The Encyclopedia of the New York Stage, 1940-1950

By Samuel L. Leiter | Go to book overview
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UNCLE HARRY [Drama/Crime/Family/Legacy/Mystery/Period/Prison/Small Town] A: Thomas Job; D: Lem Ward; S/L: Howard Bay; C: Peggy Clark; P: Clifford Hayman i/a/w Lennie Hatten; T: Broadhurst Theatre; 5/20/42 (430)

Toward the end of what had proved to be an uninspiring season arrived this effective murder mystery that turned into a major hit and was also selected as one of Burns Mantle's ten best of the year. Written by a Yale University professor, the play previously had had an unsuccessful road tryout with Russell Collins. The playwright, however, disagreed with the casting of Joseph Schildkraut, a slender Continental, believing that the role required "a sandy-haired, blue-eyed, slightly pot-bellied Welshman," as Schildkraut wrote in My Father and I. He talked the writer into perceiving the role in a new way and even persuaded him to move the action from Wales to French Canada and to change the period. Schildkraut, moreover, convinced the producer to cast his close friend and former costar, Eva Le Gallienne, instead of Pauline Lord, in the female lead.

Schildkraut and his wife raised the money for the show themselves, but were barely able to raise enough to open. There was no money for an out-of-town tryout, so they opened "cold." Playwright Job was dissatisfied with the interpretation because the melodramatic elements had been toned down in favor of the romantic and comical. Then, just before the opening, Schildkraut's wife said, "I wouldn't give you a dollar fifty for the whole play. The end was terribly anticlimactic. For heaven's sake, cut out the epilogue." The furious actor argued that it was this scene that had inspired him to do the play in the first place. But the epilogue was cut, the prologue was rewritten, and the play was a hit.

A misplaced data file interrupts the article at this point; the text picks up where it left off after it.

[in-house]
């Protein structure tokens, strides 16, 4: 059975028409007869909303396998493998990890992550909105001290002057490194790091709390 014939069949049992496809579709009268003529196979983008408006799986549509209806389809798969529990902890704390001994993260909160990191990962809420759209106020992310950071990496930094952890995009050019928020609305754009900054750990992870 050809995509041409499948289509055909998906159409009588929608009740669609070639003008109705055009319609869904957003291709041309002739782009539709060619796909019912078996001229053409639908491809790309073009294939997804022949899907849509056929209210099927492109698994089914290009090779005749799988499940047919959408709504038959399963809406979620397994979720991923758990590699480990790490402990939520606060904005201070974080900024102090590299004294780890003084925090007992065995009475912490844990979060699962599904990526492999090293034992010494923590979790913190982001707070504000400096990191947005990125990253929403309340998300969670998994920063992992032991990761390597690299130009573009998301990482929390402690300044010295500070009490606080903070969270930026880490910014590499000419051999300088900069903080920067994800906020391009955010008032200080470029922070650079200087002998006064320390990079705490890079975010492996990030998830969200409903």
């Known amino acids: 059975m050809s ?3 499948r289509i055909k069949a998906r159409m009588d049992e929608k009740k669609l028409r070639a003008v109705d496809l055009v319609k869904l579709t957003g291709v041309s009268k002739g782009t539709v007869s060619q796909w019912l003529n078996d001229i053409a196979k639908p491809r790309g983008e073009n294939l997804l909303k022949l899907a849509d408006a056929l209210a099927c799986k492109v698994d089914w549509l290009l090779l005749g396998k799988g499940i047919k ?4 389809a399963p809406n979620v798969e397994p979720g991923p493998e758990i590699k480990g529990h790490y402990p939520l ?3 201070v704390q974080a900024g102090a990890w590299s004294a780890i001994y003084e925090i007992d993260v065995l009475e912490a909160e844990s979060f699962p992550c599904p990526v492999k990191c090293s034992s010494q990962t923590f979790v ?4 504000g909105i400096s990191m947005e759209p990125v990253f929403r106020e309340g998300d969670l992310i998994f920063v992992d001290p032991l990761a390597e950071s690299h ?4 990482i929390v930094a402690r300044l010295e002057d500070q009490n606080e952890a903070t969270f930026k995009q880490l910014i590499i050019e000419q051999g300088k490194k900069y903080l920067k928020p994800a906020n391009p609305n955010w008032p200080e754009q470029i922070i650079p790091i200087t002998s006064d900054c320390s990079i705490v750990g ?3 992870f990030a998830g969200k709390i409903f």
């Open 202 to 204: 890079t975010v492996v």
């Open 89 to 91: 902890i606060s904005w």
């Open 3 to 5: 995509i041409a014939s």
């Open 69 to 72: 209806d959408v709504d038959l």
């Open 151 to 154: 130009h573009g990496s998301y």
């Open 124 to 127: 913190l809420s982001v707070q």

Using a flashback device, the play begins in the back room of a tavern in a small Quebec town with middle-aged Harry Quincy ( Schildkraut) telling a stranger ( Guy Sampsel) about a killing he committed and quoting from Thomas De Quincey's Murder as One of the Fine Arts. The scene moves back in time to 1909 and the home in which the gentle and repressed bachelor lives with his domineering spinster sisters, Hester ( Adelaide Klein) and Lettie ( Le Gallienne), and where his ex- fiancée, Lucy ( Beverly Roberts), has come to declare that she is going to marry someone else. Harry's sisters have interfered in his love life because the terms of their father's legacy decreed that all three siblings share equally in the estate. Harry blames his jealous sisters for his having lost Lucy and begins to plan the perfect crime to get rid of them. His scheme involves tricking Lettie into purchasing prussic acid (presumably to kill their dog) and then having her serve a cup of poisoned cocoa to Hester. The evidence having been concocted to make Lettie appear guilty (a maid [ Leona Roberts] is a crucial witness), she is accused, convicted, and sentenced to hang. When Harry learns that Lucy will never wed him, even with his sisters out of the way, his conscience begins to bother him so badly that he writes out a confession, and gives it to the prison warden. But when Lettie is shown the confession she refuses to acknowledge it, preferring to punish her brother by going to her


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